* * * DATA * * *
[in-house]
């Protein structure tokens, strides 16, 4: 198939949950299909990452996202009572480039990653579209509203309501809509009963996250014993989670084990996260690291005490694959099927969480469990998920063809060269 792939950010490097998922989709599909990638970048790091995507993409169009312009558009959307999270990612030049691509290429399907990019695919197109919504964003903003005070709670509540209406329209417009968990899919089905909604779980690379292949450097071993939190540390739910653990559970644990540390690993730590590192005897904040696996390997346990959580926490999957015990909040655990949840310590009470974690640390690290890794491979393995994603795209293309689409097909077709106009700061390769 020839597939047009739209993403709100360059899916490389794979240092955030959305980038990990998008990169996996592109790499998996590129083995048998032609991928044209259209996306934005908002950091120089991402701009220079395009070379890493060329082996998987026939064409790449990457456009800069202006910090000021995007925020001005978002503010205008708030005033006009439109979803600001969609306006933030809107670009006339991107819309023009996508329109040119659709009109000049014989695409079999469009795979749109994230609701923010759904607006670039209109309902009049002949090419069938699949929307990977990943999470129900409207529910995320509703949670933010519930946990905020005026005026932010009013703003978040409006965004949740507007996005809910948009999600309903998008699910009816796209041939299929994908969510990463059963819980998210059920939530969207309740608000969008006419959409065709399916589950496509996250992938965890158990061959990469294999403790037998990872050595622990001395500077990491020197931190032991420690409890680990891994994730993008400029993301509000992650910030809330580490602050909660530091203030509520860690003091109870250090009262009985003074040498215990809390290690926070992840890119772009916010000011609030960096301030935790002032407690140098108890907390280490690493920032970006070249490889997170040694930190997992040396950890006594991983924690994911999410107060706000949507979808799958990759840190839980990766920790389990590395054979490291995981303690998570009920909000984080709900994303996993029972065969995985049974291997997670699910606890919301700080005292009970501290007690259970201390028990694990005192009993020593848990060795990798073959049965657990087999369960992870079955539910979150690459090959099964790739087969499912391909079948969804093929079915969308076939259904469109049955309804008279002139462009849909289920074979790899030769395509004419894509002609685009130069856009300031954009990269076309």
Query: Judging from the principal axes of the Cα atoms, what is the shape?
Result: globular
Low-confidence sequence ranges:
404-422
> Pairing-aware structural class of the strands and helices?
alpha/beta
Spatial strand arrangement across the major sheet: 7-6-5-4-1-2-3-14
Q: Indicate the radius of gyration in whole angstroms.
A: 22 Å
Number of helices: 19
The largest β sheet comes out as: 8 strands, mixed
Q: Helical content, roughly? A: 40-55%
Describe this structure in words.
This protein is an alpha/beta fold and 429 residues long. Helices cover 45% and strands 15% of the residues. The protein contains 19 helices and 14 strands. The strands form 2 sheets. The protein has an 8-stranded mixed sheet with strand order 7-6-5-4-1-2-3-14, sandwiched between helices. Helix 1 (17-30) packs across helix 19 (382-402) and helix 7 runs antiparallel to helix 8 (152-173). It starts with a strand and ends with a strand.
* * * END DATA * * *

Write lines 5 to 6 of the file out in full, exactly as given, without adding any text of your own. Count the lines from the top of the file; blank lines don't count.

Low-confidence sequence ranges:
404-422